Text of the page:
Variant of COVID-19 found in state

Variant of COVID-19 found in state



The first two known cases of a new, more contagious variant of the coronavirus have been detected in Connecticut, the governor said Thursday.

The two people, described as between ages 15 and 25, live in New Haven County and each had traveled recently outside the state, one to Ireland and one to New York state. Genetic sequencing showed the cases are unrelated, the governor’s office said.

“As we said last week, given the speed of this new strand of the virus and its identification in several states throughout our country, we presumed it was already in our state and this information this morning confirms that fact,” said Gov. Ned Lamont, a Democrat.

The more contagious variant of the virus was first identified in the United Kingdom. A Connecticut state laboratory upgraded its testing efforts last week to look for the variant, the governor’s office said.

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In other developments related to the coronavirus:

The ability to install cameras in rooms, a statewide visitation policy and full-time infection control specialists are among recommendations by members of a committee considering pandemic-inspired changes at Connecticut nursing homes.

Members are also suggesting that Lamont sign an executive order allowing residents of long-term care facilities to designate an “essential caregiver” for in-person visits.

“There were a lot of people that wasted away because of their lack of being able to see family,” said state Sen. Cathy Osten, D-Sprague, who co-chairs a subcommittee of the Nursing Home and Assisted Living Oversight Working Group that is focusing on improvements to socialization, visitation and caregiver engagement. “I think that we need to start recognizing there is a component that we need to pay attention to in people’s social and emotional well-being.”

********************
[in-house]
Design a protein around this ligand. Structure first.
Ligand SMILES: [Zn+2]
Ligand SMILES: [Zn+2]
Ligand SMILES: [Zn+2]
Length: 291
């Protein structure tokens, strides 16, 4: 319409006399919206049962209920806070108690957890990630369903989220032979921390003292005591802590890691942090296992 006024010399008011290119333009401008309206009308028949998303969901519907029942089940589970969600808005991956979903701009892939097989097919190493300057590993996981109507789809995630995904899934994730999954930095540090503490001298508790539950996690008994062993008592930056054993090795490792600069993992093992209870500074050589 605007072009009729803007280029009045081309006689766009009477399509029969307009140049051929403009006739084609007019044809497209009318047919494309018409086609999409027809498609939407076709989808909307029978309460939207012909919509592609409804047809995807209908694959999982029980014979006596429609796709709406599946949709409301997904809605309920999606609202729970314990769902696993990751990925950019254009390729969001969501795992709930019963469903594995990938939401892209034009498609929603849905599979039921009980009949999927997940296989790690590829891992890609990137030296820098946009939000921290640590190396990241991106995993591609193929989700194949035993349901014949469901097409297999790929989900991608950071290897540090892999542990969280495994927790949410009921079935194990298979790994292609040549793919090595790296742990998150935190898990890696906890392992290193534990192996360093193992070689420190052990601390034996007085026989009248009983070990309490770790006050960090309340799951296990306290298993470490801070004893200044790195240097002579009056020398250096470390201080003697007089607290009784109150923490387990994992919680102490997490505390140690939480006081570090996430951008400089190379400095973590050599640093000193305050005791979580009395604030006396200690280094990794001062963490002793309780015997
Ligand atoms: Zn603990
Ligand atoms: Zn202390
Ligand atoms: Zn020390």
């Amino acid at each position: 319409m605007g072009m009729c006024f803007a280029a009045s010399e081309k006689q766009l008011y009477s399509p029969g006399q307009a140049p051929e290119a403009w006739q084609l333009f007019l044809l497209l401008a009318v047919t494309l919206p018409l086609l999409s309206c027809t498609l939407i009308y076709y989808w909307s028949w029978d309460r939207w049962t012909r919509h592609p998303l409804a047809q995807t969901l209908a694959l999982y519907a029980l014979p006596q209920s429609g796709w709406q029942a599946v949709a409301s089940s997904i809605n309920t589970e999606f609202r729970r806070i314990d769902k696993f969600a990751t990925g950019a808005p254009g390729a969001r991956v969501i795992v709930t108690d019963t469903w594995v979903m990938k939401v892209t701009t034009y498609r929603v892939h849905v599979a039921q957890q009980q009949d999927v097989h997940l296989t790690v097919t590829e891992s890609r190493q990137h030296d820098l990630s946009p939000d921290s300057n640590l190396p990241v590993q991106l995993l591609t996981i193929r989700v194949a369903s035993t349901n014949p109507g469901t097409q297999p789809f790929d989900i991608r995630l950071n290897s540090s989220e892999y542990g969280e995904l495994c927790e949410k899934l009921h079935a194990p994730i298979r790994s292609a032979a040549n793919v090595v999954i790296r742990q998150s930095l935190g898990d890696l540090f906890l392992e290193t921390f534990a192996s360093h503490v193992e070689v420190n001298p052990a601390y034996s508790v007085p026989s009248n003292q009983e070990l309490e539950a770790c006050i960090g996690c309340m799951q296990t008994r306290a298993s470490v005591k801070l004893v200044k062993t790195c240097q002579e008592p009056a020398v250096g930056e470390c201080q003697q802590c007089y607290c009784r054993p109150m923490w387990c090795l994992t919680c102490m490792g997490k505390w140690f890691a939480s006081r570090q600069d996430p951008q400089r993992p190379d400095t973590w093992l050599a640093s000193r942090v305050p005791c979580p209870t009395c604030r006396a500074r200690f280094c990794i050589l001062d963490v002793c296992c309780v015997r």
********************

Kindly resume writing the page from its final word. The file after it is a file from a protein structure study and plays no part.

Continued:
Four subcommittees are presenting their recommendations this week and next to the full panel, which will then forward them to the appropriate committees in the General Assembly addressing issues raised during the pandemic.

As of Dec. 31, more than 4,500 nursing home residents in Connecticut had died of COVID 19-related causes, about 75% of the state’s total such deaths.

The subcommittee focusing on the response by nursing homes to the outbreak and the continued surveillance of the coronavirus is recommending the qualifications for the infection control specialists be expanded. Also, the group said, these should be full-time positions with rotating hours, so different shifts can be monitored.

They also want information about residents’ rights and infection control procedures to be posted in both English and Spanish.

“We want people who come into the building to know what they should be seeing and we want the residents to know what they should be seeing and what to expect when it comes to infection prevention in the facility,” said Sen. Mary Abrams, D-Meriden, a subcommittee co-chair who also is co-leader of the legislature’s Public Health Committee.

The subcommittee is also recommending that all staff at assisted living facilities be trained in infection prevention procedures; that nursing homes have at least one staff member certified to start an IV; that nursing homes have a three-supply of personal protective equipment in various sizes for staff; quarterly fittings of N-95 masks for staff instead of annual; and a clearly defined rule that protective equipment can be reused only in a crisis.


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